Saturday, August 10, 2019

Race Riots and High Prices

Non Sequiturback Saturday looks at race riots and the cost of living a century ago, and the editorial cartoonists' response to both. We'll start with the heavy stuff.
"Prohibition Hasn't Sobered the Headlines" by John T. McCutcheon in Chicago Tribune, August 16, 1919
Chicago experienced a week of rioting after a Black youth, Eugene Williams, swimming off a de facto whites-only beach, was stoned by White youths until he drowned. Police refused to arrest the man witnesses identified as the instigator of the stoning, which sparked rioting by Black gangs and unmeasured retaliation by White ethnic gangs. 23 Blacks and 15 Whites were killed, over 500 injured. White arsonists burned 1,000 Black families out of their homes between July 27 and August 3, 1919, as lamented by Black cartoonist Leslie Rogers.
"Stamp Him Out" by Leslie Rogers in Chicago Defender, August, 1919
Racial tension and violence was by no means limited to Chicago. White veterans returned home to find their pre-war jobs filled by immigrants and by Blacks who had migrated north and west from southern states. 1919 would see racist resentment spur riots in Washington, DC; Knoxville, TN; Longview, TX; Phillips Co., AR; and Omaha, NE.
"Following the Advice of the 'Old Crowd' Negro," unsigned, in The Messenger, August, 1919 

"The 'New Crowd Negro' Making America Safe for Himself," unsigned, in The Messenger, August, 1919
Although my selection of editorial cartoons here clearly hold White hoodlums responsible for the rioting, there were editorial writers who insinuated that some Blacks had fallen under the influence of Bolshevik rabble-rousers.
"The Slave of Violence" by Sidney Joseph Greene in New York Evening Telegram, July 31, 1919
Moving on to much less serious matters, but one that held more cartoonists' attention: high prices of commodities have been a perennial concern since the days of the cowry shell. Attacks on shipping before the U.S. entered the war, and the need to supply our soldiers after that had necessitated shortages on various goods; Americans were unpleasantly surprised not to see a return to Taft-era prices. As a writer for the Brooklyn Daily Eagle quipped, "The roar against the high cost of necessities is accompanied by a howl about the necessities of high costs."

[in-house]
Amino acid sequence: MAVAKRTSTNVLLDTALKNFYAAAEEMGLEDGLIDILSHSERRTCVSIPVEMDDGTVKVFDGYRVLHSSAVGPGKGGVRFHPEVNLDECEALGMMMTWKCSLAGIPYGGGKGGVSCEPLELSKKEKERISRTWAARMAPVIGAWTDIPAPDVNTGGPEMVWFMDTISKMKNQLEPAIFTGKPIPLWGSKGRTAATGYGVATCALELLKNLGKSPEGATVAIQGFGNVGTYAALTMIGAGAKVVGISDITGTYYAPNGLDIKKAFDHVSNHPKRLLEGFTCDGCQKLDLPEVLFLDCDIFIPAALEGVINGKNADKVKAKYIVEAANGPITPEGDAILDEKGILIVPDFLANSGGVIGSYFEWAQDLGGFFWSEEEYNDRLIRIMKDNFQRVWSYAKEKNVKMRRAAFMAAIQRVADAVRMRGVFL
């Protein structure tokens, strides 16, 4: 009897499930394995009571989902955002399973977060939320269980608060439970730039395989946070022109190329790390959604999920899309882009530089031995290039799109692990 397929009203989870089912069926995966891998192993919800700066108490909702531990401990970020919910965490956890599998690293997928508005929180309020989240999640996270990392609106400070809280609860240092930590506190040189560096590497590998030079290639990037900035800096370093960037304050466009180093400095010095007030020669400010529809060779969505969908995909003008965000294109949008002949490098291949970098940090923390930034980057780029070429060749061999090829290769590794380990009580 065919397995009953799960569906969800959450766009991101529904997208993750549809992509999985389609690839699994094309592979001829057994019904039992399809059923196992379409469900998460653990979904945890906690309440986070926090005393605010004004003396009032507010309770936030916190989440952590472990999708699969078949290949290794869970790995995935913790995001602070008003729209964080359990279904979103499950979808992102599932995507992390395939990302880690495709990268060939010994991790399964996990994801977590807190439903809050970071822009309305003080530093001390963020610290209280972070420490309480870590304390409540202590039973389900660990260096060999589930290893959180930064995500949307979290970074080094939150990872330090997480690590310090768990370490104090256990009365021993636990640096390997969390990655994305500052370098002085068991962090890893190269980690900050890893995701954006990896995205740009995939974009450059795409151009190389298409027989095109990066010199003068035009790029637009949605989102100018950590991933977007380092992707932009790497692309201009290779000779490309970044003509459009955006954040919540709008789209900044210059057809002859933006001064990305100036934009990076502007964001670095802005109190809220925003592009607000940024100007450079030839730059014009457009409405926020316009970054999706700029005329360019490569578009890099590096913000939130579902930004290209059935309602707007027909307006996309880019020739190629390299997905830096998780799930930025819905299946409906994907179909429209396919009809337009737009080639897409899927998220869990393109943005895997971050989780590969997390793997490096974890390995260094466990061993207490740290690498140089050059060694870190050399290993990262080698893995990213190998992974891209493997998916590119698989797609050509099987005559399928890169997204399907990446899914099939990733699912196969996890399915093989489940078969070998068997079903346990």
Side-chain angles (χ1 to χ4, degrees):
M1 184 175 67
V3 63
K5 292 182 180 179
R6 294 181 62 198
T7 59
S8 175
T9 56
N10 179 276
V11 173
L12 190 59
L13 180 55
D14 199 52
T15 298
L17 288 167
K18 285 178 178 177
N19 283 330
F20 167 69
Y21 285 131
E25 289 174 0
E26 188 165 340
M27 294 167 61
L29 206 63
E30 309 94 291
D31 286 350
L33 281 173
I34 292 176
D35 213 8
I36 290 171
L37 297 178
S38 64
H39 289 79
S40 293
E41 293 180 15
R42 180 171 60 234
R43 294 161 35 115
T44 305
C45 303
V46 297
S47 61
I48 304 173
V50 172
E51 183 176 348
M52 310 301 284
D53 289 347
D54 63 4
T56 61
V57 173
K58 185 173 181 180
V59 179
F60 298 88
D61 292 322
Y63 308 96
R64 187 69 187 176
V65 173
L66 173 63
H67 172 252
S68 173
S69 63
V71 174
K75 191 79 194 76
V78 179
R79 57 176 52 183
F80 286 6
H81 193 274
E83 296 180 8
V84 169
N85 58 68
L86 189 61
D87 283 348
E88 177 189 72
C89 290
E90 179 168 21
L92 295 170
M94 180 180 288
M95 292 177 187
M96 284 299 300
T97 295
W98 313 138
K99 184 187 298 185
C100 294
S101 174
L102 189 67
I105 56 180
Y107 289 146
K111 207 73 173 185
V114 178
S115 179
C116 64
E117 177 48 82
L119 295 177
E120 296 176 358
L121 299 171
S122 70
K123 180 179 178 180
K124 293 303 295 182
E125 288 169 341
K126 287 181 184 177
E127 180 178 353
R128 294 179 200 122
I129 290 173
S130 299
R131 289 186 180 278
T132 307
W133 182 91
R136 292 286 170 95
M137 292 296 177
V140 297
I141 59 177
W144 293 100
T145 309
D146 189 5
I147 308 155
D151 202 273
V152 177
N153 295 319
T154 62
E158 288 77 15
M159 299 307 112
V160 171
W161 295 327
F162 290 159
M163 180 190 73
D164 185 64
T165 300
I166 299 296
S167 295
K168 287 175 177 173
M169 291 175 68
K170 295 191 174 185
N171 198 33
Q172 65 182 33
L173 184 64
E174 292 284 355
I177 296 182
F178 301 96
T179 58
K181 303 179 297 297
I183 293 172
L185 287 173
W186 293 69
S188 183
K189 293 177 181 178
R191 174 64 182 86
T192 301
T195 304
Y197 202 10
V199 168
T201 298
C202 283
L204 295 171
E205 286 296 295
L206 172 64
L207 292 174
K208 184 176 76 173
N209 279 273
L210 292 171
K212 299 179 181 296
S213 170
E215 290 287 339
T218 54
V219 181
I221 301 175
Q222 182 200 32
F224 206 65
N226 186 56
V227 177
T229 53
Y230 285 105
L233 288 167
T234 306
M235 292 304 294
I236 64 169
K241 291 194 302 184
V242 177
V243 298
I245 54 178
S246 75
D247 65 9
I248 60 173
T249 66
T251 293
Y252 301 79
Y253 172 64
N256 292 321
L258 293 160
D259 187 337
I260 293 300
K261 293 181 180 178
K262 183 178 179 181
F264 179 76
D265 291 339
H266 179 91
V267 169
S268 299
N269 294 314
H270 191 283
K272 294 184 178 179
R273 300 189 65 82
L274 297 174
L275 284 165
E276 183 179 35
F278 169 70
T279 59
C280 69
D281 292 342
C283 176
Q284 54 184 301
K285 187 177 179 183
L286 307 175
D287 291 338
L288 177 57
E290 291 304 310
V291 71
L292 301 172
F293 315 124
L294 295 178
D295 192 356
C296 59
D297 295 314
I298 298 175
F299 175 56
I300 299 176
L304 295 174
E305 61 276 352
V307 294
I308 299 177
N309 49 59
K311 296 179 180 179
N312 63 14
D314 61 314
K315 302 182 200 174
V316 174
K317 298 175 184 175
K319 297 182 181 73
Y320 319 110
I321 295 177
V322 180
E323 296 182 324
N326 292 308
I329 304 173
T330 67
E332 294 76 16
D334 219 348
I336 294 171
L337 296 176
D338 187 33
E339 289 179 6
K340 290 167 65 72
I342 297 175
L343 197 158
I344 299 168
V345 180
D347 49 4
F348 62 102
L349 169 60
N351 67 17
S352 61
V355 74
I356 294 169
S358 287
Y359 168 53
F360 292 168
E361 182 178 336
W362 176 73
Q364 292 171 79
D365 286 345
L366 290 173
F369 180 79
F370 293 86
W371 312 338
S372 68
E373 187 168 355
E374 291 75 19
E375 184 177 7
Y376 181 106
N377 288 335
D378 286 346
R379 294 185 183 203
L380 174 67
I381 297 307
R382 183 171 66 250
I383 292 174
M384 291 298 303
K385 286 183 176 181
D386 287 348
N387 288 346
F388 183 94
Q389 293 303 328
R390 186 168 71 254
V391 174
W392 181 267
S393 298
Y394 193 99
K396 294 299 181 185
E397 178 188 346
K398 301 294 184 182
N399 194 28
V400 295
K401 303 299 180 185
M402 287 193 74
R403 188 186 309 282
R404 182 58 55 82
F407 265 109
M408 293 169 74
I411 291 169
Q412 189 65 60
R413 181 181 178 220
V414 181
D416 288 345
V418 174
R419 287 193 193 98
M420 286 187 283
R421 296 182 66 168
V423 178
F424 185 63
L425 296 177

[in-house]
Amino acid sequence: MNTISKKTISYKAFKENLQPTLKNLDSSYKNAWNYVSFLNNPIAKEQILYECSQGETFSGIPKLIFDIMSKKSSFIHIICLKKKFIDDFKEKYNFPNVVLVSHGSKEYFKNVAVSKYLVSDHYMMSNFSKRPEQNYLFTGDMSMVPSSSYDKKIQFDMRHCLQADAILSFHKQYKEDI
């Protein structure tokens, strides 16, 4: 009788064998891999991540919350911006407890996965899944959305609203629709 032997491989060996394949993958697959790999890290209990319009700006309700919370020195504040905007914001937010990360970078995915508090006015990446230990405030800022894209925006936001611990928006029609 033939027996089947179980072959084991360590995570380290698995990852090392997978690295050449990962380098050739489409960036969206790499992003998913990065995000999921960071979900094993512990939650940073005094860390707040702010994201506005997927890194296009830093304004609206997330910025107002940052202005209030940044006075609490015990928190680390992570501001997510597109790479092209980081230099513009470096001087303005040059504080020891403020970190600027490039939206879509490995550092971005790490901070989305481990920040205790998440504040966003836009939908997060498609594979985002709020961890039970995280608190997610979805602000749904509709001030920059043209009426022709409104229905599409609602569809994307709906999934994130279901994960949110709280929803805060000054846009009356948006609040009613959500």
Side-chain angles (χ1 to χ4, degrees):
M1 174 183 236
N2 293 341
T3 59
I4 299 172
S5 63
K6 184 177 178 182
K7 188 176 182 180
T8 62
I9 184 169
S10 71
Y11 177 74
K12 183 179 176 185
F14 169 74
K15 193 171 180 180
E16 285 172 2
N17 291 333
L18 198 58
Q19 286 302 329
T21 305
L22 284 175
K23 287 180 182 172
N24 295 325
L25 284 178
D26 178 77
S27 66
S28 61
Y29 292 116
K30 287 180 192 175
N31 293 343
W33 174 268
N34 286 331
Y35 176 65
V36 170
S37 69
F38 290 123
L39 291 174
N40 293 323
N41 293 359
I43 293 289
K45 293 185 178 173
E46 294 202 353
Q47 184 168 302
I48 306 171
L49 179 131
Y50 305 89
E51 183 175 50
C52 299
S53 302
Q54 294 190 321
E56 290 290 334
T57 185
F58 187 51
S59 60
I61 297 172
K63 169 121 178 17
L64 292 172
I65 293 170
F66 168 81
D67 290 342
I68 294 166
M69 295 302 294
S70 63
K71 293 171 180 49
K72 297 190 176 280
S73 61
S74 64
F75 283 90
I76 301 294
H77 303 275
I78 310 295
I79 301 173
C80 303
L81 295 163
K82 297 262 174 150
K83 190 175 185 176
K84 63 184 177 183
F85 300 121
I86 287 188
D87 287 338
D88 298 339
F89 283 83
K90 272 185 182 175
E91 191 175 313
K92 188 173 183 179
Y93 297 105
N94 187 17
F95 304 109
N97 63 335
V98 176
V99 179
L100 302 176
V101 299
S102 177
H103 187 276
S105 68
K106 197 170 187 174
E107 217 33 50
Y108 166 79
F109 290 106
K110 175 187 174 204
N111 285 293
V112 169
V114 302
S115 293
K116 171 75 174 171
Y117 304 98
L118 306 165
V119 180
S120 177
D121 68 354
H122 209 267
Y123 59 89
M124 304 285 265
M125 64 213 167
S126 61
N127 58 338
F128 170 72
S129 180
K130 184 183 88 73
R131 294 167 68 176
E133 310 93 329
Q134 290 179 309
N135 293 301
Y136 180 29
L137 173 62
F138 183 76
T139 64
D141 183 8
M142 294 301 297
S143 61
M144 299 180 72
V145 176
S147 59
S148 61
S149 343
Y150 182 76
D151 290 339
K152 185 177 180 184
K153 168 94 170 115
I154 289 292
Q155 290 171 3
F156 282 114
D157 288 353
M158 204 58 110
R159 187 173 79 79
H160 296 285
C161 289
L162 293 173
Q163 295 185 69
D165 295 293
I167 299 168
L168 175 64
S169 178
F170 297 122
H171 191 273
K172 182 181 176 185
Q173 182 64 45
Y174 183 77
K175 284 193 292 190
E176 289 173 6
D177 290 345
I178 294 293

"Faith, Hope and Charity" by Sidney J. Greene in New York Evening Telegram, August 3, 1919
I have to note here that while Sidney Greene's cartoon may have run in the Milwaukee Sentinel, he drew it for the New York Evening Telegram; the Sentinel did not have a cartoonist of its own in 1919.

It was not standard practice, as it has been as long as I can remember, for cartoonists to include a credit line for their newspaper or syndicate in the body of their cartoons. One possible exception is William C. Morris, who included an encircled "A" in the cartoons he drew for the George Matthew Adams Service.
"Let the Sun Shine on It" by Kenneth Chamberlain in Cleveland Press, August, 1919
Concern over the high cost of living was so pervasive that headline writers routinely used "H.C.L." instead of spelling it out. The public, press and politicians focused their ire on profiteering by producers withholding foodstuffs, coal, and other commodities from the market. Grocers, for their part, replied that, thanks to the new practice of allowing customers to fill their shopping baskets rather than having the grocer fetch things for them, those consumers were choosing only the most attractive meats and vegetables and leaving the rest to rot on market shelves.
"Under the Old Family Umbrella" by Donald McKee for Associated Newspapers, August 7, 1919
Surplus food supplies held by the War Department also contributed to raising costs, so it was a relief to consumers when the government began selling these supplies to the public by parcel post in mid-August. Attorney General A. Mitchell Palmer proposed reinstating wartime controls over supplies and costs.
"Another Victory Day" by Elmer A. Bushnell for Central Press Assn., Cleveland, August, 1919
To give you an idea what consumers were complaining about, here are excerpts from letters to the Telegraph-Herald of Dubuque, Iowa:
"I recently paid forty-three cents a pound for pork loins and thirty-eight cents a pound for pork shoulder. While I do not know the exact costs of handling this meat, still I feel sure that these prices are excessive..." —An Old Subscriber
"This morning my wife bought a pound of boiled ham and do you know what she paid for it? Eighty cents! I was sure there was a mistake, but I found that the price ranged from sevety-five to eighty cents, and the very poorest cuts for twenty-five cents." —A Plain Citizen
"I see by the papers that the government has been requested to look into the high prices of food. If they would pay Dubuque a visit, they would find plenty to investigate right here. Yesterday our butcher charged me thirty-eight cents for fresh beef. But the bacon takes the prize. It cost me seventy cents a pound." —A Regular Reader
"Somebody has this town by the throat and is trying to choke it. Here's why. Today I paid a dollar a peck for potatoes. I also bought a hundred-pound sack of flour for seven dollars and thirty-five cents. Is that fair?" —One of the Consumers
"The Fickle Public" by Albert W. Steele in Denver Post, August, 1919
Since it may be hard to read this Denver Post cartoon, "The Fickle Public," the dancing man being booed on stage is "High Cost o' Livin'," and President Wilson's ribbon identifies him as "Stage Manager." I can't imagine that the fickle audience had cheered Mr. Livin' at any point during his performance, so I'm guessing — wildly, mind you — that Miss League of Nations is disappointed that the audience isn't booing her any more.

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